The Darryl J. King Student Life Centre at King’s University College in London, Ont., has received a LEED Silver designation. Photo courtesy of King’s University College

King’s puts another green notch in its belt

  • June 21, 2015

King’s University College has always been green, said principal David Sylvester, not just in its school colours but also in practice.

The Darryl J. King Student Life Centre’s LEED Silver designation is just the latest of King’s many environmental achievements on campus.

Sylvester said that since 2009, when the university was holding consultations for the construction of the student centre, there had always been a strong push toward making a statement of the values that the King’s community strives to uphold.

“I think students, faculty and staff all have a raised awareness of what it means in this day and age to be environmentally aware and responsible,” said Sylvester. “We’re a Catholic university and it goes right back to stewardship of creation.”

The student centre received the LEED, or Leadership in Energy and Environmental Design, certification during King’s Earth Week. The certification declares the student centre has met all proper standards and criteria as a sustainable, green building.

To achieve a LEED certification, a building project must fulfill specific prerequisites that consider environmentally conscious practices, such as sustainable building materials, waste management, building maintenance and more.

“Basically, with LEEDs, they’re looking at what things you are looking to use as building materials, things like paint and adhesive... are they the most environmentally friendly products that you can use,” said Chris MacNeil, director of the physical plant at King’s.

MacNeil said his predecessor, Mike Tattersall, who won the 2014 Western Green Award, was instrumental in the student centre’s building project. MacNeil plans to continue Tattersall’s work by applying the same practices throughout the rest of the campus.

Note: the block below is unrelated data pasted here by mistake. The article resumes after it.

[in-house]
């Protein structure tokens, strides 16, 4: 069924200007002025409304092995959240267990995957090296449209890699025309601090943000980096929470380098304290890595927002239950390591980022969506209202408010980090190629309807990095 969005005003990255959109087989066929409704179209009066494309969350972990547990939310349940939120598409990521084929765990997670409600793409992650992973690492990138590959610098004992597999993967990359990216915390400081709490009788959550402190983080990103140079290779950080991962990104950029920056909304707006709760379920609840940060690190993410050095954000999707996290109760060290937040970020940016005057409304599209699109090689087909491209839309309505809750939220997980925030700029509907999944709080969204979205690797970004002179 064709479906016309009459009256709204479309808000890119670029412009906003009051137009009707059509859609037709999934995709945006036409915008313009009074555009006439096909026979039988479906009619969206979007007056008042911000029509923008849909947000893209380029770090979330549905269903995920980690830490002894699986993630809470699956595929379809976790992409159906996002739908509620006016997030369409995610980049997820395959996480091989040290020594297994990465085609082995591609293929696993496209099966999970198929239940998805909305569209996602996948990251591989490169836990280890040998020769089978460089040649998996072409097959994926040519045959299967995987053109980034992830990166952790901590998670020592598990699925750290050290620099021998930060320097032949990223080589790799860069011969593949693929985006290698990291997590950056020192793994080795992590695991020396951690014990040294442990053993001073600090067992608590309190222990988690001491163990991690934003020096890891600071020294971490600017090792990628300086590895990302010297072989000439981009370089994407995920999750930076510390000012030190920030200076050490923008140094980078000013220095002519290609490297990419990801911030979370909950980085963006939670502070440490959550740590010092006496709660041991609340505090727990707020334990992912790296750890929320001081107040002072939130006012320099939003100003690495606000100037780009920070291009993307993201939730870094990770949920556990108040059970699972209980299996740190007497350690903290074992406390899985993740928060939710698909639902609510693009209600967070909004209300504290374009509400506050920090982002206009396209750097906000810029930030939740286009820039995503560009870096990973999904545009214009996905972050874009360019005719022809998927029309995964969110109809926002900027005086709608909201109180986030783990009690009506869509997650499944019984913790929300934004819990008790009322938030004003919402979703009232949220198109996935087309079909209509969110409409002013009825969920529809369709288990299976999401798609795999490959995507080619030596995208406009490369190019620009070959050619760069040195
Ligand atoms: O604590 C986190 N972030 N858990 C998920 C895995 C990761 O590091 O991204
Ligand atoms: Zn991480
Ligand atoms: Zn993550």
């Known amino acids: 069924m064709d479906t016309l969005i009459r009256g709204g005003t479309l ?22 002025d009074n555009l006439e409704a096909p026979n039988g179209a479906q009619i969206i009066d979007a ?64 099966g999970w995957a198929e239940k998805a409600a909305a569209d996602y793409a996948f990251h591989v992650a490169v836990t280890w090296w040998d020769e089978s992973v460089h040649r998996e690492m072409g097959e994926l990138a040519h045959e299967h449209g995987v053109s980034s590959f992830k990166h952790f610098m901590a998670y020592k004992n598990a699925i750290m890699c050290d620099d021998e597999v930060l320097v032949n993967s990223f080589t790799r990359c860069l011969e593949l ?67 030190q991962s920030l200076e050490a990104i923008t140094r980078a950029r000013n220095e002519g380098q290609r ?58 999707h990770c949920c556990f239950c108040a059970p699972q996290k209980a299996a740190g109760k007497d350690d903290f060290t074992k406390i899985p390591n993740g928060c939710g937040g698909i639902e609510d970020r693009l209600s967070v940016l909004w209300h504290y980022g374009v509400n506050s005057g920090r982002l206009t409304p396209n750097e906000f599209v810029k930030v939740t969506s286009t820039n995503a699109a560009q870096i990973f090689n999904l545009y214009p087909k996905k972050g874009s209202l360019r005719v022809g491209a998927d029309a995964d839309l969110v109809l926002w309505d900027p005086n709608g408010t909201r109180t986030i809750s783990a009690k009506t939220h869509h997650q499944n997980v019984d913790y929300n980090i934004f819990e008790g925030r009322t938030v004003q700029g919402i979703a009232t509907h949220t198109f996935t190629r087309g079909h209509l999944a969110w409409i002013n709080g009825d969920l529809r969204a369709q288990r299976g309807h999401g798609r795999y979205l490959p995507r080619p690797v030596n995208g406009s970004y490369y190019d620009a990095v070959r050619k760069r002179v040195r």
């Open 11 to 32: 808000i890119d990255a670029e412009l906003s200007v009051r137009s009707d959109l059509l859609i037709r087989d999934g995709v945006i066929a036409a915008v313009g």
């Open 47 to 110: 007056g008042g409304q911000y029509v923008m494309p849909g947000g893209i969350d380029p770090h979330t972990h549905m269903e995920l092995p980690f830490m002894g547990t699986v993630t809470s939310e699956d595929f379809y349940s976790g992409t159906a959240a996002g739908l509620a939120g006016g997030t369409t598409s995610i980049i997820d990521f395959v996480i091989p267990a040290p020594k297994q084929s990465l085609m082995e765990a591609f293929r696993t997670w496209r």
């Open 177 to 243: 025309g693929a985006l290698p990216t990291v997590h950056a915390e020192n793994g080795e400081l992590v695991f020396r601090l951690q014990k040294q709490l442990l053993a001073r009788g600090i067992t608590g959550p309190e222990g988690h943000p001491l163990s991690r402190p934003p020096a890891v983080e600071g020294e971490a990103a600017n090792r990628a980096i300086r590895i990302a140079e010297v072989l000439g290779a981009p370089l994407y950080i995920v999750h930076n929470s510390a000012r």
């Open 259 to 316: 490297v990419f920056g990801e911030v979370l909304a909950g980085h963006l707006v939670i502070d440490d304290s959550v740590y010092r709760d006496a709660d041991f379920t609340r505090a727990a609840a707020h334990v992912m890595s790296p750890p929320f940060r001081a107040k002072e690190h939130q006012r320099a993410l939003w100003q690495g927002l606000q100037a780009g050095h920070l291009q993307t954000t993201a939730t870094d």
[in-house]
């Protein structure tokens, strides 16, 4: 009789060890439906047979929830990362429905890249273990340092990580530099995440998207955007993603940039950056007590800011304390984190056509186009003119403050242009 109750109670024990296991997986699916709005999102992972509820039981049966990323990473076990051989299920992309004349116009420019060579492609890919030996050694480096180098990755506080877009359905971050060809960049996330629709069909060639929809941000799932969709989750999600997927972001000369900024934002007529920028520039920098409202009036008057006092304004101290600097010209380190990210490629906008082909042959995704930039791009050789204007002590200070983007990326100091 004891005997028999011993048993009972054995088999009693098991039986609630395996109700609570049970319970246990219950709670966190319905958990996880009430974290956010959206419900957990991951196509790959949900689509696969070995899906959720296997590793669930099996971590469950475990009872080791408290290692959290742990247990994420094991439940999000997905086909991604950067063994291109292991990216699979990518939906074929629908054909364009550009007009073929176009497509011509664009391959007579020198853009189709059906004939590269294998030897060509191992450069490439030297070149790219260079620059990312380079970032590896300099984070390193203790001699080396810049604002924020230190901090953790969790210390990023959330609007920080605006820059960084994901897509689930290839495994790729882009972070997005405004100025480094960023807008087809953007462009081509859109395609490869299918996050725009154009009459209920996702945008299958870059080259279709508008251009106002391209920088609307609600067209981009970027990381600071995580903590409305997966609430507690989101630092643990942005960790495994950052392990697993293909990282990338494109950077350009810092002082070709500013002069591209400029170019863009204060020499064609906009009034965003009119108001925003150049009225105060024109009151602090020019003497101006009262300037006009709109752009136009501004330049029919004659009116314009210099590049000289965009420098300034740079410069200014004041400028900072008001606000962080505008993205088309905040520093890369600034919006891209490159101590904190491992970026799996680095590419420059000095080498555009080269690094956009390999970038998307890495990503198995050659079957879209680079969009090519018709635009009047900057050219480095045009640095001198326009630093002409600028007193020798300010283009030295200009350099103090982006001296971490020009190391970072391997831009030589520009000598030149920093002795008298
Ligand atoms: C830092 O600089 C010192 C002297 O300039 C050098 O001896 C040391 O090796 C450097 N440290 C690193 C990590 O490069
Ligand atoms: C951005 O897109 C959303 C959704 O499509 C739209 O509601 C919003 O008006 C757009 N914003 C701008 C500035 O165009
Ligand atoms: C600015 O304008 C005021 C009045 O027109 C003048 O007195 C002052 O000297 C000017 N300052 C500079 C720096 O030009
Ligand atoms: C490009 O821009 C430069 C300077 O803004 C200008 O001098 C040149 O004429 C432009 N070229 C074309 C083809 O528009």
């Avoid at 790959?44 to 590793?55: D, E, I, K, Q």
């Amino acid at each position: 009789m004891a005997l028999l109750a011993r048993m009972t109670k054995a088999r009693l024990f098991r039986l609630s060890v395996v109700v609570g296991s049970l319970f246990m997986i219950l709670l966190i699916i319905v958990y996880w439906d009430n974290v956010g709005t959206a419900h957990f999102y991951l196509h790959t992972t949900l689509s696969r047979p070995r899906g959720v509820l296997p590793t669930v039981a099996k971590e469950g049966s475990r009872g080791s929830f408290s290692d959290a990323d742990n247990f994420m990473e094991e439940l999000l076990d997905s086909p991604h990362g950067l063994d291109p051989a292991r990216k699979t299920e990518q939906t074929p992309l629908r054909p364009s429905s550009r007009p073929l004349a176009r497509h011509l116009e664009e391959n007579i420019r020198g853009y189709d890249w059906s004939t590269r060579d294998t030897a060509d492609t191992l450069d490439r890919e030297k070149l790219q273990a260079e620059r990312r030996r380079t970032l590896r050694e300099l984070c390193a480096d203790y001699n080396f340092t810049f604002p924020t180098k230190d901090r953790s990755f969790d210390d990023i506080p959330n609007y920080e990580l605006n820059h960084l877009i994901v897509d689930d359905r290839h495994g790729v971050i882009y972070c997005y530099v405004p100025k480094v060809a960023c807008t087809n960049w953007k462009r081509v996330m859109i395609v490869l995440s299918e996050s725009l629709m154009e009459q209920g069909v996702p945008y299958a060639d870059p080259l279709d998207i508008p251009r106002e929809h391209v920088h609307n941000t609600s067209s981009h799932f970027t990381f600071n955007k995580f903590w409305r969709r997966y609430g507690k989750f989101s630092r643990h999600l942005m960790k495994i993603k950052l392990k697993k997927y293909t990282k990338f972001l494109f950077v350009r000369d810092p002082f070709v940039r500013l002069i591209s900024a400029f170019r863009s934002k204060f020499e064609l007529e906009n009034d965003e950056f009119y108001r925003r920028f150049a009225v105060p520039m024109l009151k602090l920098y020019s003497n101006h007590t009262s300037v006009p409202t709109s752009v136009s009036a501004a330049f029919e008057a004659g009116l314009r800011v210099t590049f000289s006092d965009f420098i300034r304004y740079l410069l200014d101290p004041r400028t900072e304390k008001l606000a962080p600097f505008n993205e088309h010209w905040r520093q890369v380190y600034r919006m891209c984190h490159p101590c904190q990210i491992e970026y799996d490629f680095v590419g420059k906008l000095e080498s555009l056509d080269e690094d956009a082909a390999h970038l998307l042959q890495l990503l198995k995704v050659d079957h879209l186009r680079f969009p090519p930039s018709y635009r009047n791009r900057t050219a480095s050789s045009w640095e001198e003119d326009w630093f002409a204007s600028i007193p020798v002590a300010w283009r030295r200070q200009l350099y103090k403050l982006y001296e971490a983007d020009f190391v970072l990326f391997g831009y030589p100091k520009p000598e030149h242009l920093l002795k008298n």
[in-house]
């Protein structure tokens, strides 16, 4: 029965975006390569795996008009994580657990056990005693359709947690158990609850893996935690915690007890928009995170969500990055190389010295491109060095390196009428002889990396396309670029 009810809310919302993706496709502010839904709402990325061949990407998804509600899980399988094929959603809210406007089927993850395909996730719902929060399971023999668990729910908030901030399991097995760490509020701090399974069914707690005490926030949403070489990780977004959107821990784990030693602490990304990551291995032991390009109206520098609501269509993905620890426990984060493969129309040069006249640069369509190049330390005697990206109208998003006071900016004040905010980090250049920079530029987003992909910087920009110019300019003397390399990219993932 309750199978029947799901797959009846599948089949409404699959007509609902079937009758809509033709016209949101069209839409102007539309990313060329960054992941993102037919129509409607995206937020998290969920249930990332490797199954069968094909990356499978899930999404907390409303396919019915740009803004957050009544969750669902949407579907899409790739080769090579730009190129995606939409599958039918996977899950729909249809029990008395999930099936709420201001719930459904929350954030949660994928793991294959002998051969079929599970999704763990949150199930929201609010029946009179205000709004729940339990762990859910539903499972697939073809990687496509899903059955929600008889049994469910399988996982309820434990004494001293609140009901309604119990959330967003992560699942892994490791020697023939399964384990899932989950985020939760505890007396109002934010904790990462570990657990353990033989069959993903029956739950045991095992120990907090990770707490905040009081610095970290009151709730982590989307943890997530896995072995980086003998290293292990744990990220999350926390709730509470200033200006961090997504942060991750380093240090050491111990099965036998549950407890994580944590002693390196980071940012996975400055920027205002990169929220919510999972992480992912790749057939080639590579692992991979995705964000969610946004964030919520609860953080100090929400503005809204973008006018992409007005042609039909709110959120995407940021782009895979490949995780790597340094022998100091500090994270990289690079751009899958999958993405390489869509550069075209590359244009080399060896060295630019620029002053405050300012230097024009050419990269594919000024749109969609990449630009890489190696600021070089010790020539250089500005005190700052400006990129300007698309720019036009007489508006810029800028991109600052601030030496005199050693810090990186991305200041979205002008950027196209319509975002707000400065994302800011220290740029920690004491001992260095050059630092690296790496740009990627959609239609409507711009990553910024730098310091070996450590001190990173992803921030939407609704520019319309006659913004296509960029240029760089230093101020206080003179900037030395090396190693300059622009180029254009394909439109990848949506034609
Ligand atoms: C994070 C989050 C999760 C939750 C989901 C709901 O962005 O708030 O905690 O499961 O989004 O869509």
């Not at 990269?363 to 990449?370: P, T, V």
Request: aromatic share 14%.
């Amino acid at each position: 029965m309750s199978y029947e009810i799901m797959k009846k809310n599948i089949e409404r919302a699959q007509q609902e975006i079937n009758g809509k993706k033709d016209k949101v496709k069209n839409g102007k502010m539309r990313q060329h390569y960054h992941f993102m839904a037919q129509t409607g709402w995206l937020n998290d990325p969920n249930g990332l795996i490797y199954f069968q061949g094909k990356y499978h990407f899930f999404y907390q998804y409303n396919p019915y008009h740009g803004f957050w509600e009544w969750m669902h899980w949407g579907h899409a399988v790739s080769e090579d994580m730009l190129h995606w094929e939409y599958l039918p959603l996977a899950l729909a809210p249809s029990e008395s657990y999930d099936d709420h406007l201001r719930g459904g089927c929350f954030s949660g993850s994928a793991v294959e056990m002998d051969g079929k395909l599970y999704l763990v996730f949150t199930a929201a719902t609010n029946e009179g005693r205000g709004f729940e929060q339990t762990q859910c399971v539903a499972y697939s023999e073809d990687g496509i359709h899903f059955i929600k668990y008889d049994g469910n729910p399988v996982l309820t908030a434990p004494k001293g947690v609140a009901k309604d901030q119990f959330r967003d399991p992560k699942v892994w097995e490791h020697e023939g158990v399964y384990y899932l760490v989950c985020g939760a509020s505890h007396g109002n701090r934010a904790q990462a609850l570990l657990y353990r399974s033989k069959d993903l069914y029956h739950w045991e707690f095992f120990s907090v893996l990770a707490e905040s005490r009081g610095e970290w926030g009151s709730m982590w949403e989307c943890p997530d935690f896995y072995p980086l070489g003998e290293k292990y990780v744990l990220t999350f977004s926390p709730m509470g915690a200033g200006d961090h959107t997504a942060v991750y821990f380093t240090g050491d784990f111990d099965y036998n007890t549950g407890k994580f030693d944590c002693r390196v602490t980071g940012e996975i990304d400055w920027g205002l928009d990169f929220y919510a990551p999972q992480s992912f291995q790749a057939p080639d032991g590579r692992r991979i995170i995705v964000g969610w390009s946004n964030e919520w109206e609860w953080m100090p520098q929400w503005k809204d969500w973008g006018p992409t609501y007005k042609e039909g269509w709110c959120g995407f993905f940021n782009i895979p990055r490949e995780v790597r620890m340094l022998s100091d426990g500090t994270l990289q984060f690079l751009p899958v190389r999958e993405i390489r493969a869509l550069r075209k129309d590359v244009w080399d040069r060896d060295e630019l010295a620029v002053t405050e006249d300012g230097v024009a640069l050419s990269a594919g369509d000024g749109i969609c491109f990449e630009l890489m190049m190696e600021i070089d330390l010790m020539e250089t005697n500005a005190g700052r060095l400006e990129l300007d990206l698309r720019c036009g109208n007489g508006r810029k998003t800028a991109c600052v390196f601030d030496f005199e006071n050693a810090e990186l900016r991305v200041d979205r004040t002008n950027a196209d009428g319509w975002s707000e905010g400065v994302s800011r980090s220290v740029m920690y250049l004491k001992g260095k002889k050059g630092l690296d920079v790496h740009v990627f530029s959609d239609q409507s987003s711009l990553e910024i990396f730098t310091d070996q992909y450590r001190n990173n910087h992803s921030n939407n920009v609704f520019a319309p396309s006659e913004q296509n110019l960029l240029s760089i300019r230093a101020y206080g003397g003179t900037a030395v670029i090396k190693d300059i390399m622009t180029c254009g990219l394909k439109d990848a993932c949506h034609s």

“In our existing buildings, it wouldn’t apply as a LEEDs building, but we can take some of the things we are applying in our LEEDS building and use those in other areas of the campus, like the green cleaning program,” he said.

MacNeil said the university is also working on other campus-wide eco-projects, such as the new recycling project with TerraCycle to reduce waste by recycling old cigarette butts, batteries, pens and more. The university is also looking at a comprehensive composting program and also to expand the community garden on campus.

“We’re always exploring new ways we can keep our commitment and move our commitment forward,” said Sylvester. “Part of it is educational and part of it is real action that we do on campus.”

Sylvester said the King’s community is very much looking forward to getting its hands on Pope Francis’ encyclical on the environment (released June 18). Sylvester hopes to work on hosting a conference at the university and take up a theological discussion about the document in the community.

“It’s really nice that the Pope is showing such real leadership on this and we’re all anxious to take a look at what he has to say,” said Sylvester.

“It’s one of the most pressing concerns. We’re in challenging times right now.”

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